Yet another New Year is upon us. I’m always reminded of New Year’s resolutions. I really prefer the term New Year’s Goals. I also have New Year’s prayers.
What are your dance goals for the coming year?
Are you planning on taking more classes? Teaching more classes? Dancing in new venues? Purchasing new costumes? Acquiring new props? Downloading more music? Perhaps, a trip to Egypt is on the agenda? Or a trip to Turkey?
My goal? To keep dancing. When one reaches a “certain age,” this isn’t so unusual. Every year I ask myself if I am still relevant as an instructor and a performer.
Ballet mistresses continue to instruct into their advanced years. With age comes wisdom, so I have been told. Instructing keeps one young in mind and spirit, keeps the body lithe and limber and pushes one beyond numerical age limits. Having students the same age helps their self-esteem, body image and offers an example. Younger students gain respect for age and aging. Belly dance, unlike other dance forms, can be practiced far longer. There are many senior citizen belly dancers, after all. They garner respect and are in demand as instructors. As long as I l am blessed with good health and love for the dance, I will continue to introduce new students to this ancient art form. The dance, in all of its incarnations, must be kept alive.
Performing has self-imposed limits. I, for one, believe that late night gigs in bars, restaurants and hookah clubs belong to the young, beautiful dancers with talent. After all, at my age, I really don’t want to leave the comforts of home for 11:30 p.m. and 2:30 p.m. dance gigs. The occasional private party, workshop and performance with the band are enough for me. When graceful aging turns into ungraceful, I will know when to stop.
The most famous dancers in Egypt are all over the age of forty. Is there an age limit? I welcome your thoughts.
What are your personal goals? What are your goals and thoughts for the world?
I have New Year’s goals and prayers for our world as well.
I pray for peace in the Middle East. There have been so many starts and stops without success. People around the world really should learn to accept one another and their differences already. There isn’t one “right religion” or “right” culture!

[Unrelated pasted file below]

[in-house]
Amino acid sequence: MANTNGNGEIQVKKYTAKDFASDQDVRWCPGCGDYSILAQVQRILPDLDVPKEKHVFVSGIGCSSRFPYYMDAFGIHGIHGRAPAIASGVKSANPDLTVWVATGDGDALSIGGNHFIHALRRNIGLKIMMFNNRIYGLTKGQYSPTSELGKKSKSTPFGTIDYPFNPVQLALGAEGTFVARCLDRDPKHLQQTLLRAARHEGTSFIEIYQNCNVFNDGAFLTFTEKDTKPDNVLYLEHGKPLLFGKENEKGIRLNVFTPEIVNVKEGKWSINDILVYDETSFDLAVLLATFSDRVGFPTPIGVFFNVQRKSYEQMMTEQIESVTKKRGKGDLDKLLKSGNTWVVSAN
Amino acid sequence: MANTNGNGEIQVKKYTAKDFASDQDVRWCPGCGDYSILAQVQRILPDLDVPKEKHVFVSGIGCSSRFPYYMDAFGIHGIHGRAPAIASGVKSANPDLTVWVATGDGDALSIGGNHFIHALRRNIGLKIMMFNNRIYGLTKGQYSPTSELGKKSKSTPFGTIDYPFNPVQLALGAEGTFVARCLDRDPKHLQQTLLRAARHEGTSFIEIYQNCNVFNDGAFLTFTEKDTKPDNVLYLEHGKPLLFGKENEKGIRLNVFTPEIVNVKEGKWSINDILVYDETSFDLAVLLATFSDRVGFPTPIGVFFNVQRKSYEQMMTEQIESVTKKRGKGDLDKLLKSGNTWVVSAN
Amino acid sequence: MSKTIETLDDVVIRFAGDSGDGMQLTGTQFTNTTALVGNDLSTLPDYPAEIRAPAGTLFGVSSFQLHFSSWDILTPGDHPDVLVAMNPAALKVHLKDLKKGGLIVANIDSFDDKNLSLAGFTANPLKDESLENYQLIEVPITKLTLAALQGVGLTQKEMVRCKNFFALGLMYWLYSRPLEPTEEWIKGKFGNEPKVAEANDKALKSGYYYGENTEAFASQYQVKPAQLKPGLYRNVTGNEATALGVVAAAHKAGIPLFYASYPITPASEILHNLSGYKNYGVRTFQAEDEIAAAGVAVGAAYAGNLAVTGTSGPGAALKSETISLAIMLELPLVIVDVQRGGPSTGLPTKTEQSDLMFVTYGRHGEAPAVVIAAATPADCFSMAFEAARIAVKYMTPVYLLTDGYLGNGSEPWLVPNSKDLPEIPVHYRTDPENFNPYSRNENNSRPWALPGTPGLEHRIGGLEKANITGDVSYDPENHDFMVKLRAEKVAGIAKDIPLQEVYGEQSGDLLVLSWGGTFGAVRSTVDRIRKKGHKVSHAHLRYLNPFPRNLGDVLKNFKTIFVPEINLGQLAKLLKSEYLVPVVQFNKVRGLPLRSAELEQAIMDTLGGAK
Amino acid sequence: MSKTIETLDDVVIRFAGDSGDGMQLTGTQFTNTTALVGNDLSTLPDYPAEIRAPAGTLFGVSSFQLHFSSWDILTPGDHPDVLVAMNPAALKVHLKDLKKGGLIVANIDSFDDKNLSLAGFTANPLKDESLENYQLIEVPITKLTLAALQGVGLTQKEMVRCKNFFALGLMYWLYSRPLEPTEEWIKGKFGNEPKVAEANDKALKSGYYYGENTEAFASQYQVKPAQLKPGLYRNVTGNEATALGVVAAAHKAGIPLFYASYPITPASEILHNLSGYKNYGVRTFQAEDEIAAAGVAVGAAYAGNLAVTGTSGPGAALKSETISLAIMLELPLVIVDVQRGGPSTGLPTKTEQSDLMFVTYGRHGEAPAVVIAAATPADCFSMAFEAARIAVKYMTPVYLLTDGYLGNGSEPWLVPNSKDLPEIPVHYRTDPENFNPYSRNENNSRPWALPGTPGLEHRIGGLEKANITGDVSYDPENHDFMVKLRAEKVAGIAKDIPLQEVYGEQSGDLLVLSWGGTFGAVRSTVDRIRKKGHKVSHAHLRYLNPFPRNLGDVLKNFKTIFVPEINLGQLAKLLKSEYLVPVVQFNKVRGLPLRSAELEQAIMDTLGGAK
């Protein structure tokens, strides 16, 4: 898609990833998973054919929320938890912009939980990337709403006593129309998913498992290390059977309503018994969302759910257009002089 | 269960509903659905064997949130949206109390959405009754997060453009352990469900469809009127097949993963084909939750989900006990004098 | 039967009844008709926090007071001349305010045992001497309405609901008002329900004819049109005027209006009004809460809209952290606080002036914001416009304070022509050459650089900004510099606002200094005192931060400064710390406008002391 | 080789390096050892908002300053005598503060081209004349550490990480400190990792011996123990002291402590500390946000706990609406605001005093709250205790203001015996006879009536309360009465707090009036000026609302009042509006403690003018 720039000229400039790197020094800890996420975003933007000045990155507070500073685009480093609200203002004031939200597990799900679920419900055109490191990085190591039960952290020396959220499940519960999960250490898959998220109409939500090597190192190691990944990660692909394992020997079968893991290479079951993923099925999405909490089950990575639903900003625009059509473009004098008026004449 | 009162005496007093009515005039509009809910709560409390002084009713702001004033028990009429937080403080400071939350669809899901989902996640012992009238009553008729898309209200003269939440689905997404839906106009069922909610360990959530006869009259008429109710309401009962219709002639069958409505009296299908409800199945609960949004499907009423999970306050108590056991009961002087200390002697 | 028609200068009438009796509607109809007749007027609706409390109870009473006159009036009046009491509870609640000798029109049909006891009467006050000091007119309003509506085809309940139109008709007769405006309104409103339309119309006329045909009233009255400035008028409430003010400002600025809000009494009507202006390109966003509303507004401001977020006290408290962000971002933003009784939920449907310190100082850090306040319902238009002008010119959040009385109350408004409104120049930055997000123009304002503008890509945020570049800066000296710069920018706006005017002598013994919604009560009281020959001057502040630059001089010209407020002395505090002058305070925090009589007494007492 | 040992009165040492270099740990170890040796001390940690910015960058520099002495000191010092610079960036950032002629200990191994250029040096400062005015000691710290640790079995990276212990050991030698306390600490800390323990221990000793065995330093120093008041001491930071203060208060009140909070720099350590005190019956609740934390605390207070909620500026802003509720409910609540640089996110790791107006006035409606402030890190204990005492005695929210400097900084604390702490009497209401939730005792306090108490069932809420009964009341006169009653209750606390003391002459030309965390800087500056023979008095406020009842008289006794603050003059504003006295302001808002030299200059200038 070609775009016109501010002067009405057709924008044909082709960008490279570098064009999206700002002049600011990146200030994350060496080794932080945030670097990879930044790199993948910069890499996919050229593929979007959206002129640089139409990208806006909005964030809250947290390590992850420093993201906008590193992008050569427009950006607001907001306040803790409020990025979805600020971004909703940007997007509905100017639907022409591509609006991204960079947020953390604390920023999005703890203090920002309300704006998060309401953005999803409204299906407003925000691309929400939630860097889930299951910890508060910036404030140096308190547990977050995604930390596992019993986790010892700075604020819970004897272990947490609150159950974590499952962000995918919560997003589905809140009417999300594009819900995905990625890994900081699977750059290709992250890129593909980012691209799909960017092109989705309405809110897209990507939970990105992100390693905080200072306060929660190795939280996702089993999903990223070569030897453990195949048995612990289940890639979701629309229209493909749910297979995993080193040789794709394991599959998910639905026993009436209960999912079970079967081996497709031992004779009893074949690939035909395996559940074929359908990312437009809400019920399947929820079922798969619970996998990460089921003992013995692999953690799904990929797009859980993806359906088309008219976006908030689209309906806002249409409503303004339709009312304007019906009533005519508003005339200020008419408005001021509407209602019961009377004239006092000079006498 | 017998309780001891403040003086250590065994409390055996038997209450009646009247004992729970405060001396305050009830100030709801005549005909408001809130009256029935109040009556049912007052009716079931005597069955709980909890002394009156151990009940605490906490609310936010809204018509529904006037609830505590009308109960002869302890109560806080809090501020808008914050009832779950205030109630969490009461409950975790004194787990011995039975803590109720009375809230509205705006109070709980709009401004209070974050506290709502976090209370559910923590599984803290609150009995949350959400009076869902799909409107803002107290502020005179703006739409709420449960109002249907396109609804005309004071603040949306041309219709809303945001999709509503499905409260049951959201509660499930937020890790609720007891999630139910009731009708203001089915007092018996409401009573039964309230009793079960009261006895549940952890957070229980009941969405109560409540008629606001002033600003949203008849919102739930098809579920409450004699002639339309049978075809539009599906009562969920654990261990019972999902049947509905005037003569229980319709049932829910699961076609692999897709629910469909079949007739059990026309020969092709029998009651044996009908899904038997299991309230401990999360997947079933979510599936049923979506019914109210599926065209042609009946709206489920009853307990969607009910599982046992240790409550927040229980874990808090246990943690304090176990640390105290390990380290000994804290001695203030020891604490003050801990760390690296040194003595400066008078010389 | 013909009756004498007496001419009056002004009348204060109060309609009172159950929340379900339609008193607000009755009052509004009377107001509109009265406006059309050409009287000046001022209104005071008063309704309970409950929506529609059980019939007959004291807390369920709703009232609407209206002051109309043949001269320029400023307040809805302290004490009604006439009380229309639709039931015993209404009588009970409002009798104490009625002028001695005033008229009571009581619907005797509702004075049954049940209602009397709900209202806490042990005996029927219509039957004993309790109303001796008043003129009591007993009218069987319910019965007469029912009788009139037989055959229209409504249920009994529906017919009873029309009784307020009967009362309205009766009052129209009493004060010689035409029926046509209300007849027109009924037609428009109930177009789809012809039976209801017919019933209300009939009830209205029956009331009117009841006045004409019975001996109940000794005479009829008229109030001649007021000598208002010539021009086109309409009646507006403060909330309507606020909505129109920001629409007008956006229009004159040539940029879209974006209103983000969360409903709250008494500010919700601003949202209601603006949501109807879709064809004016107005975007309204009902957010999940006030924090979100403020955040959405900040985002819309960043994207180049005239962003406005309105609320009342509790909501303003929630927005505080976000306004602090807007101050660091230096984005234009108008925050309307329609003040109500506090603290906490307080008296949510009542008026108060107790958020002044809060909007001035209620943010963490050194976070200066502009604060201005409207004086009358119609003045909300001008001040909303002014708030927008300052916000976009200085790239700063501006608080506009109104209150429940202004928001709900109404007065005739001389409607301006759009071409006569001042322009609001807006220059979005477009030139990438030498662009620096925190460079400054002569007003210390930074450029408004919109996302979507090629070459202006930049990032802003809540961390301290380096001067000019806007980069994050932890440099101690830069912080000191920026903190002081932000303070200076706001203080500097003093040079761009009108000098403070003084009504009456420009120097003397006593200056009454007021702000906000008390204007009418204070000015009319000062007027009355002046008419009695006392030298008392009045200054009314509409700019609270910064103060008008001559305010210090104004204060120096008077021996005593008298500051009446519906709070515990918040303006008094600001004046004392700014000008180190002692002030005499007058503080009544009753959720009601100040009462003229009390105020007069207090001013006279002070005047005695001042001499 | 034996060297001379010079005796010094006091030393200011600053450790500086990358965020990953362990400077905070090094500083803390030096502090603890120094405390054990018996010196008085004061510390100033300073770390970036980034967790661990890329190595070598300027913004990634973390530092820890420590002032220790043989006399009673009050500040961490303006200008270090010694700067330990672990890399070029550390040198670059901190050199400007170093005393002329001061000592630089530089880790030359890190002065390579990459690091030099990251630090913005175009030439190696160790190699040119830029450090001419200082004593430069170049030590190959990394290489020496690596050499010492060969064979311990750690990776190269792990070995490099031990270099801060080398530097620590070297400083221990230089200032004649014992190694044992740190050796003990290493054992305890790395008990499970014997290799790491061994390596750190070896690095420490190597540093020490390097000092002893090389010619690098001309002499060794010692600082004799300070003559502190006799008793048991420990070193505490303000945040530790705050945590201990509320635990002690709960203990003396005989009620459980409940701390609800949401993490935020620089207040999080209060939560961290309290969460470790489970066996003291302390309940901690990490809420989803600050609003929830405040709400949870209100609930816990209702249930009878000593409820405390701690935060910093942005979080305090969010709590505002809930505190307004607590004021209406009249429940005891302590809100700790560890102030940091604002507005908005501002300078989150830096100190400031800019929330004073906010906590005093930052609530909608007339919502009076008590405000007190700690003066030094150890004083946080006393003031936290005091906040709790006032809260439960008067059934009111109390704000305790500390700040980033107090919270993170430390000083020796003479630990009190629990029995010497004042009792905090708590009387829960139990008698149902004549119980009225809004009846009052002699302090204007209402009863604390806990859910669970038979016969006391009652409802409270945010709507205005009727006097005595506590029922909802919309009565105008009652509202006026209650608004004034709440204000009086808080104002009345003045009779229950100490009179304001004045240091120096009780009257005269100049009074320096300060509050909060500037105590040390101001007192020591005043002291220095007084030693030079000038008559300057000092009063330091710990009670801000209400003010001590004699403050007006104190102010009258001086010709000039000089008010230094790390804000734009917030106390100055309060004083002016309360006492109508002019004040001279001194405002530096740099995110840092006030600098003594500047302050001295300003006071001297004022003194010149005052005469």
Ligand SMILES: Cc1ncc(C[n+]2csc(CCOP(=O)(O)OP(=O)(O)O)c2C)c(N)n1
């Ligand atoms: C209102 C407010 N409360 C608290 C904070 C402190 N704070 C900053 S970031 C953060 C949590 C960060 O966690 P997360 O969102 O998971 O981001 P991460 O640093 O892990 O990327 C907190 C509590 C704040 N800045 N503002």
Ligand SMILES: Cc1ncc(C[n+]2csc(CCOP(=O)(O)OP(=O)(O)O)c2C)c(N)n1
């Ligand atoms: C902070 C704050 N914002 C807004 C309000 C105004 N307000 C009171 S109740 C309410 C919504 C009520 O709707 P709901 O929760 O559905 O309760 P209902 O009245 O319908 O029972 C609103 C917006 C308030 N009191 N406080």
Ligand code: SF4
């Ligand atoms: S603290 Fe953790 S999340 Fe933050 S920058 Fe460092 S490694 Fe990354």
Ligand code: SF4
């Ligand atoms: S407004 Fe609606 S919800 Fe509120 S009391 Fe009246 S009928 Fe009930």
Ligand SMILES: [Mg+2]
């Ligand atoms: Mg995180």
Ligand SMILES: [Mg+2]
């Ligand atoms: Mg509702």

Let Egypt end its turmoil, as well as other Arabic countries.
In the Middle East, accept women as equals already. It is the 21st Century. Grant them the right to drive, be educated, marry who they love, work and dress the way they desire. If they wish to perform as dancers, do not degrade them. Accept Middle Eastern belly dance as an art form already.
In the United States, stop stereotyping people just because you do not understand their culture, lifestyle, or religion. Freedom is for everyone and not just the few.
Narrow the income gap in this country and around the world. It’s unfair that ¼ of the world’s population lives in poverty. Those who earn millions and billions of dollars should be sharing their wealth to make the world a better place. How many homes, cars and vestiges of arrogant living does one require? Even the Pharaohs learned that in the end, you really can’t take it with you.
Technology is wonderful but it cannot replace human interaction. We are becoming a solitary and mechanized culture. Technology is replacing jobs and creating an impersonal world. A computer cannot show empathy for you, hug you, kiss you, talk to you as only a fellow human can. Computers cannot dance either!
Remember that life is a dance. How, where and for whom you perform matters.